February 7, 2012

Everything Becomes Obsolete

Nobody wants to copy Windows 3.1.
In the United States, we tend to think of constitution making as something that happens once every few centuries, if not once every eon. After all, the US Constitution is the oldest written constitution in the world that’s still in effect. For all its flaws, it’s served us pretty well over the 225 years it’s been around. But times change. History moves on. Things evolve.

So it shouldn’t come as too much of a surprise that, according to a pair of law profs with an article in the works, the influence of our Constitution on the rest of the world is waning. As recently as 1987, a study of 170 countries showed that 160 had constitutions greatly influenced by our own. Today, however:
‘[a]mong the world’s democracies,’ Professors Law and Versteeg concluded, ‘constitutional similarity to the United States has clearly gone into free fall. Over the 1960s and 1970s, democratic constitutions as a whole became more similar to the U.S. Constitution, only to reverse course in the 1980s and 1990s.’

‘The turn of the twenty-first century, however, saw the beginning of a steep plunge that continues through the most recent years for which we have data, to the point that the constitutions of the world’s democracies are, on average, less similar to the U.S. Constitution now than they were at the end of World War II.’
Why? That’s where the quote at the top of this post (from Law) comes in. A constitution written in the 18th century is silent on lots of questions that are important to emerging democracies in the 21st Century. We are still clinging to Win 3.1, while everyone else has moved on. The state of the art (or at least Vista, to keep the Widows analogy going) is the Canadian Charter of Rights and Freedoms, adopted in 1982.

There is a lot of talk of rights in the New York Times article, but our Constitution itself (as opposed to the Bill of Rights) has very little to say about individual rights per se. It’s more focused on structural aspects. And while it’s easy to make an argument about the broad benefits of, say, the separation of powers, other things don’t make as much sense in a smaller modern nation. Federalism is basically a holdover from the Articles of Confederation and the unique conception of the states during the founding. That history just isn’t present in, say, modern day Egypt. Why should they use such an outdated model as a base?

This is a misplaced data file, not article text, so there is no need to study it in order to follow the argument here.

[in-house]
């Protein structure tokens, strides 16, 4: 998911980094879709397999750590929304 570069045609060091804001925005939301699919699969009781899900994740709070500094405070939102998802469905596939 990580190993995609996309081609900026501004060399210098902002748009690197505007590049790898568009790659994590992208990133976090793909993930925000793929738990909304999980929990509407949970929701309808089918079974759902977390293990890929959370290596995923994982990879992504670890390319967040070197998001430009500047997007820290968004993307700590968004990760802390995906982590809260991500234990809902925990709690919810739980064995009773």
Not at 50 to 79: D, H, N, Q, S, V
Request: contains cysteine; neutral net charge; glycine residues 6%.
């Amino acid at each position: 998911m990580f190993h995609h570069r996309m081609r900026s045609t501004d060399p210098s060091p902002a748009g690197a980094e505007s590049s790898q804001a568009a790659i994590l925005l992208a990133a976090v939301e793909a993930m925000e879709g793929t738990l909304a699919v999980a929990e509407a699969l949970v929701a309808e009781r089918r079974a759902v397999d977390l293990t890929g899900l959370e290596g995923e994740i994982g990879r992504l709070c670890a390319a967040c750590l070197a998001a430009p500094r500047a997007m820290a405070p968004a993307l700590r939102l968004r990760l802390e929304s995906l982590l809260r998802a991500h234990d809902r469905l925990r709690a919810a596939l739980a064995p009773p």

As for rights, there’s a nifty chart that’s part of the article that shows, for the most part, the trend is for modern constitutions to broaden rights compared to ours, not limit them. For example, most of the big rights in the First Amendment – freedom of speech, assembly, and religion – as well as a prohibition against arbitrary arrest and detention appear in between 94% and 97% of world constitutions, as well as our own. Where the world moves on from us is in areas like women’s rights (91%), right to work (82%), and right to education (82%). To be fair, some of the areas labeled as not being part of our Constitution – like judicial review and the presumption of innocence – have been recognized by the Supreme Court.

What’s really fascinating to me are the areas where our Constitution explicitly provides rights that don’t hold a lot of sway in other newer constitutions. The prohibition against double jeopardy, for example, only gets into 50% of modern constitutions, while only 49% percent provide for the right to remain silent. Even more striking are a pair of contentious provisions that most people still feel are critical to our Constitutional system that are almost nonexistent elsewhere – the separation of church and state (only 34%) and the right to bear arms (only 2% - you read that right).

At the end of the day, of course, the words on paper aren’t nearly as important as whether the culture as a whole buys into the ideals they represent:
as Justice Antonin Scalia told the Senate Judiciary Committee in October. ‘Every banana republic in the world has a bill of rights,’ he said.

‘The bill of rights of the former evil empire, the Union of Soviet Socialist Republics, was much better than ours,’ he said, adding: ‘We guarantee freedom of speech and of the press. Big deal. They guaranteed freedom of speech, of the press, of street demonstrations and protests, and anyone who is caught trying to suppress criticism of the government will be called to account. Whoa, that is wonderful stuff!’
Of course, it was all meaningless. Unfortunately, I fear that the lesson the United States is most poised to give in the 21st Century is what can happen when the guarantees of the Constitution become just words on paper. When ideals upon which we’ve relied for so long are swept away out of concern for security or because of a misguided war on particular behaviors, that can be the result. I hope we recognize it before our influence on the rest of the world is something to avoid, not something to emulate.

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